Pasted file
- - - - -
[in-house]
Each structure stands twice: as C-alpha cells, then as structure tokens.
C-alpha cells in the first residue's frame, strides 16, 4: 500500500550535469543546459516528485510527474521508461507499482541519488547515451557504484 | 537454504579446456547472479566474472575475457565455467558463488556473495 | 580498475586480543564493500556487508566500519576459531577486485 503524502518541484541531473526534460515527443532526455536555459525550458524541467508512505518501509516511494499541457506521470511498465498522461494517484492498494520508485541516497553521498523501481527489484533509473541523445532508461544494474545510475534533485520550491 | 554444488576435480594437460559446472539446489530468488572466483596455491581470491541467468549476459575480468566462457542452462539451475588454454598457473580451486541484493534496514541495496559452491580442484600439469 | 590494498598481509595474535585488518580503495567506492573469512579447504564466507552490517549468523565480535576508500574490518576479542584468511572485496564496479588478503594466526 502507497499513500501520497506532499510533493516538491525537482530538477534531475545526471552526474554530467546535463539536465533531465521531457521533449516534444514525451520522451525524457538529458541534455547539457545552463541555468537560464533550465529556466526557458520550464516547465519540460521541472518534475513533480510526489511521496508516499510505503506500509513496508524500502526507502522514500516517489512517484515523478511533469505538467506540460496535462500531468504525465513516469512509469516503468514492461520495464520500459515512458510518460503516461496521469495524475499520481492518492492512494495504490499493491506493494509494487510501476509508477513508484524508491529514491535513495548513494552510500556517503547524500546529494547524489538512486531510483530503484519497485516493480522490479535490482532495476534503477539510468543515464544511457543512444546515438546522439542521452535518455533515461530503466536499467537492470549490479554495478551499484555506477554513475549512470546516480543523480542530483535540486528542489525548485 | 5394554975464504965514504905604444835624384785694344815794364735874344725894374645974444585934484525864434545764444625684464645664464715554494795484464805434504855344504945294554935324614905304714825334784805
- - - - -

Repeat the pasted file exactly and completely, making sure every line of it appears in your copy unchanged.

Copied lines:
[in-house]
Each structure stands twice: as C-alpha cells, then as structure tokens.
C-alpha cells in the first residue's frame, strides 16, 4: 500500500550535469543546459516528485510527474521508461507499482541519488547515451557504484 | 537454504579446456547472479566474472575475457565455467558463488556473495 | 580498475586480543564493500556487508566500519576459531577486485 503524502518541484541531473526534460515527443532526455536555459525550458524541467508512505518501509516511494499541457506521470511498465498522461494517484492498494520508485541516497553521498523501481527489484533509473541523445532508461544494474545510475534533485520550491 | 554444488576435480594437460559446472539446489530468488572466483596455491581470491541467468549476459575480468566462457542452462539451475588454454598457473580451486541484493534496514541495496559452491580442484600439469 | 590494498598481509595474535585488518580503495567506492573469512579447504564466507552490517549468523565480535576508500574490518576479542584468511572485496564496479588478503594466526 502507497499513500501520497506532499510533493516538491525537482530538477534531475545526471552526474554530467546535463539536465533531465521531457521533449516534444514525451520522451525524457538529458541534455547539457545552463541555468537560464533550465529556466526557458520550464516547465519540460521541472518534475513533480510526489511521496508516499510505503506500509513496508524500502526507502522514500516517489512517484515523478511533469505538467506540460496535462500531468504525465513516469512509469516503468514492461520495464520500459515512458510518460503516461496521469495524475499520481492518492492512494495504490499493491506493494509494487510501476509508477513508484524508491529514491535513495548513494552510500556517503547524500546529494547524489538512486531510483530503484519497485516493480522490479535490482532495476534503477539510468543515464544511457543512444546515438546522439542521452535518455533515461530503466536499467537492470549490479554495478551499484555506477554513475549512470546516480543523480542530483535540486528542489525548485 | 5394554975464504965514504905604444835624384785694344815794364735874344725894374645974444585934484525864434545764444625684464645664464715554494795484464805434504855344504945294554935324614905304714825334784805